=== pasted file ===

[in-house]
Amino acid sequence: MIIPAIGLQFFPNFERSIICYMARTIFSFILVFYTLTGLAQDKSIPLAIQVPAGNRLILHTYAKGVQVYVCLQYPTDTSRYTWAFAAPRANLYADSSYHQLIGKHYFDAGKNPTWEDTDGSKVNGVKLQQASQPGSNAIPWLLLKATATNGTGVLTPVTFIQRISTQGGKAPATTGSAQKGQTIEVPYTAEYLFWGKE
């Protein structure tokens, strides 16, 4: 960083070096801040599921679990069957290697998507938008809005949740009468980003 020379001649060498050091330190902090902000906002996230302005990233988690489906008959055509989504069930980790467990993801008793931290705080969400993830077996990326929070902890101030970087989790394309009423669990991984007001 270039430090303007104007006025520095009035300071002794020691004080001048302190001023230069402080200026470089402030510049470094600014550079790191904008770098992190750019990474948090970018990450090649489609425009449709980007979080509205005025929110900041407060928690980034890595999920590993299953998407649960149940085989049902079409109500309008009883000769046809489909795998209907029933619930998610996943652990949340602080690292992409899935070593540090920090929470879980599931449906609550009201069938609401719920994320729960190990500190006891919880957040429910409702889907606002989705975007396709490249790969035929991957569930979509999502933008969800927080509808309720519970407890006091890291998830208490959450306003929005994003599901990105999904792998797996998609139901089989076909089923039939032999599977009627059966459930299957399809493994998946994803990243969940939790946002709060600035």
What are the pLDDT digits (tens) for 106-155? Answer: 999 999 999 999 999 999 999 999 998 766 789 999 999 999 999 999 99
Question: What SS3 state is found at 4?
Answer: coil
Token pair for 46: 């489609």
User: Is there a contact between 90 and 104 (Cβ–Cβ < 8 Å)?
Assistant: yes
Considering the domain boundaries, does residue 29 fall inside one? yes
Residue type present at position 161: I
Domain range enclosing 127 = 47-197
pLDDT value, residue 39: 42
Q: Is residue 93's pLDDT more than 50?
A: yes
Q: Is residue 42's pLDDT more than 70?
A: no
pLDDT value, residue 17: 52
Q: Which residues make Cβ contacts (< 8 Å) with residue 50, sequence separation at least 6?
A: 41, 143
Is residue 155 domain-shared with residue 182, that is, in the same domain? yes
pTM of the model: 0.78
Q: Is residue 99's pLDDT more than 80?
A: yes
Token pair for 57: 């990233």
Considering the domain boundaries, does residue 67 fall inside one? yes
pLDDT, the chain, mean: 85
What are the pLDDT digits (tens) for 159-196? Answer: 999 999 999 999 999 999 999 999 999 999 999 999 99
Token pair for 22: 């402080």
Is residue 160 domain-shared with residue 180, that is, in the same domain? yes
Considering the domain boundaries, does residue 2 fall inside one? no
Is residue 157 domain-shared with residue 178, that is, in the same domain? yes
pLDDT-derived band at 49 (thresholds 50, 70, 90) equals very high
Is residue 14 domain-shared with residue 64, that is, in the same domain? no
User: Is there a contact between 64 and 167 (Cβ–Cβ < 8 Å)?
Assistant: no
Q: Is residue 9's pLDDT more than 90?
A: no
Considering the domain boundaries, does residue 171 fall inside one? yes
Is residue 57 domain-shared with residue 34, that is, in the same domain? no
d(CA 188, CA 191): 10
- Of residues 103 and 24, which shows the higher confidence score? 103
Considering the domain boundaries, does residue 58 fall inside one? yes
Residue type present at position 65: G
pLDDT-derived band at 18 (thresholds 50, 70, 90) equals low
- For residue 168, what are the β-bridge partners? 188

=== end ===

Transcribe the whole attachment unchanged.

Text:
[in-house]
Amino acid sequence: MIIPAIGLQFFPNFERSIICYMARTIFSFILVFYTLTGLAQDKSIPLAIQVPAGNRLILHTYAKGVQVYVCLQYPTDTSRYTWAFAAPRANLYADSSYHQLIGKHYFDAGKNPTWEDTDGSKVNGVKLQQASQPGSNAIPWLLLKATATNGTGVLTPVTFIQRISTQGGKAPATTGSAQKGQTIEVPYTAEYLFWGKE
């Protein structure tokens, strides 16, 4: 960083070096801040599921679990069957290697998507938008809005949740009468980003 020379001649060498050091330190902090902000906002996230302005990233988690489906008959055509989504069930980790467990993801008793931290705080969400993830077996990326929070902890101030970087989790394309009423669990991984007001 270039430090303007104007006025520095009035300071002794020691004080001048302190001023230069402080200026470089402030510049470094600014550079790191904008770098992190750019990474948090970018990450090649489609425009449709980007979080509205005025929110900041407060928690980034890595999920590993299953998407649960149940085989049902079409109500309008009883000769046809489909795998209907029933619930998610996943652990949340602080690292992409899935070593540090920090929470879980599931449906609550009201069938609401719920994320729960190990500190006891919880957040429910409702889907606002989705975007396709490249790969035929991957569930979509999502933008969800927080509808309720519970407890006091890291998830208490959450306003929005994003599901990105999904792998797996998609139901089989076909089923039939032999599977009627059966459930299957399809493994998946994803990243969940939790946002709060600035």
What are the pLDDT digits (tens) for 106-155? Answer: 999 999 999 999 999 999 999 999 998 766 789 999 999 999 999 999 99
Question: What SS3 state is found at 4?
Answer: coil
Token pair for 46: 């489609």
User: Is there a contact between 90 and 104 (Cβ–Cβ < 8 Å)?
Assistant: yes
Considering the domain boundaries, does residue 29 fall inside one? yes
Residue type present at position 161: I
Domain range enclosing 127 = 47-197
pLDDT value, residue 39: 42
Q: Is residue 93's pLDDT more than 50?
A: yes
Q: Is residue 42's pLDDT more than 70?
A: no
pLDDT value, residue 17: 52
Q: Which residues make Cβ contacts (< 8 Å) with residue 50, sequence separation at least 6?
A: 41, 143
Is residue 155 domain-shared with residue 182, that is, in the same domain? yes
pTM of the model: 0.78
Q: Is residue 99's pLDDT more than 80?
A: yes
Token pair for 57: 């990233």
Considering the domain boundaries, does residue 67 fall inside one? yes
pLDDT, the chain, mean: 85
What are the pLDDT digits (tens) for 159-196? Answer: 999 999 999 999 999 999 999 999 999 999 999 999 99
Token pair for 22: 């402080």
Is residue 160 domain-shared with residue 180, that is, in the same domain? yes
Considering the domain boundaries, does residue 2 fall inside one? no
Is residue 157 domain-shared with residue 178, that is, in the same domain? yes
pLDDT-derived band at 49 (thresholds 50, 70, 90) equals very high
Is residue 14 domain-shared with residue 64, that is, in the same domain? no
User: Is there a contact between 64 and 167 (Cβ–Cβ < 8 Å)?
Assistant: no
Q: Is residue 9's pLDDT more than 90?
A: no
Considering the domain boundaries, does residue 171 fall inside one? yes
Is residue 57 domain-shared with residue 34, that is, in the same domain? no
d(CA 188, CA 191): 10
- Of residues 103 and 24, which shows the higher confidence score? 103
Considering the domain boundaries, does residue 58 fall inside one? yes
Residue type present at position 65: G
pLDDT-derived band at 18 (thresholds 50, 70, 90) equals low
- For residue 168, what are the β-bridge partners? 188